How to Productize a Service: Create Your 5-step Productization Plan

If you’re looking to productize your service, you may be wondering how to get started. Making the jump from service provider to product seller can be daunting. Breaking it down step by step will help you make the transition more quickly, so you can start selling as soon as possible.

Want to know how to productize a service? Here are five steps to help your business scale.  

Step #1: Shift your point of view

It may sound obvious, but the first thing you have to do is change the way you perceive your business. This means you have to stop viewing yourself as a service provider and start thinking of yourself as a business that sells a product. 

This is a critical first step and one that will determine whether you’re successful at productizing your services. To illustrate why it’s so important to change your mindset, consider an example.

Imagine an accountant that sells bookkeeping services to a number of clients. She might be the most effective bookkeeper in the world, but there are only so many hours in the day. Even if she works a 12-hour day, there’s a limit to how many clients she can take on. 

The solution is to shift from someone who sells services to a business that sells services packaged as a product. In most cases, this means leveraging technology to productize your knowledge and expertise. 

In an accounting example, you could reconfigure your business from a solo practitioner offering services based on an hourly rate to a website that offers a menu of various bookkeeping packages available as a monthly subscription service. When you package what you do, you can replicate it over and over again. This allows you to scale and gets you off the service provider treadmill.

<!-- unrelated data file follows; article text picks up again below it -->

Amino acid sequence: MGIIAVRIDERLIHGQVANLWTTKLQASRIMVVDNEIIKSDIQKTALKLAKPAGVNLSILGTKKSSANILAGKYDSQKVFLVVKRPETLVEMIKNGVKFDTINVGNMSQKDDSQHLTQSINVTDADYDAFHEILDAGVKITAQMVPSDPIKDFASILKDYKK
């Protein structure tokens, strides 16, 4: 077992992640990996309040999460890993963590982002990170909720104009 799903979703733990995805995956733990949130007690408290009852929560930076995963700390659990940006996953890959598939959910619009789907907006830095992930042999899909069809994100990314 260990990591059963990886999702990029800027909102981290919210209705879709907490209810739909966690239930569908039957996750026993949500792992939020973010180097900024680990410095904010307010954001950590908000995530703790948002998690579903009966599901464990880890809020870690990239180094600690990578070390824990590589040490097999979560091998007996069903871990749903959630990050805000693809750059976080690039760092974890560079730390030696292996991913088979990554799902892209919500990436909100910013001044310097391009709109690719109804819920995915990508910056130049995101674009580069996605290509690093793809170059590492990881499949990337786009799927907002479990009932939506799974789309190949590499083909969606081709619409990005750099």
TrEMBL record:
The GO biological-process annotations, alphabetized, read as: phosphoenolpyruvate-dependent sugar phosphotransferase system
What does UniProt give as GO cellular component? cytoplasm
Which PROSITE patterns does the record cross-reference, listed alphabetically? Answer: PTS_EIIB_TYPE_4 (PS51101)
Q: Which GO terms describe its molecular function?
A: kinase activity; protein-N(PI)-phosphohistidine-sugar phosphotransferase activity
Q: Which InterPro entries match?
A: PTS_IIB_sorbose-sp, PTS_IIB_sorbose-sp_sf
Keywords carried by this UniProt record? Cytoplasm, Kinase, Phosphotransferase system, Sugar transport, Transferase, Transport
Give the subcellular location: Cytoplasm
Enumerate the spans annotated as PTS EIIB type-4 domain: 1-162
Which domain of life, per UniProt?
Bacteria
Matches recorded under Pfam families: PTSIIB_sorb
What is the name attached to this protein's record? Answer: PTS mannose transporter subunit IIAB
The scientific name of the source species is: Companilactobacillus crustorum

Bookkeeping is just one type of service you can turn into a productized service. Check out these 100 examples of productized services to get inspired.  

Step #2: Define your customers 

Once you’ve embraced the concept of selling your time and knowledge as a product, you’re ready for the second step towards productizing your service: defining the type of customer you want to target. In short, you need to take your sales pitch from broad to narrow.

This can seem counterintuitive at first. After all, wouldn’t you want to cast a wide net and capture every kind of customer possible? 

Actually, no. When you sell a service, you sell time and access. It’s a finite resource, but you can tailor your services to assist just about any client who walks through the door. A productized service is different. You want to package what you can offer into something a potential customer can pull off the shelf — or, in the case of a digital product, add to their cart. 

With a productized service, you stop customizing services for each client. Instead, you identify the needs of a subset of consumers and then build your service package around it. 

Step #3: Decide what services you’ll offer 

Now that you know what kinds of customers you want to target, you’re ready to create packages of services. To do this, it’s best to make a list of everything you have to offer.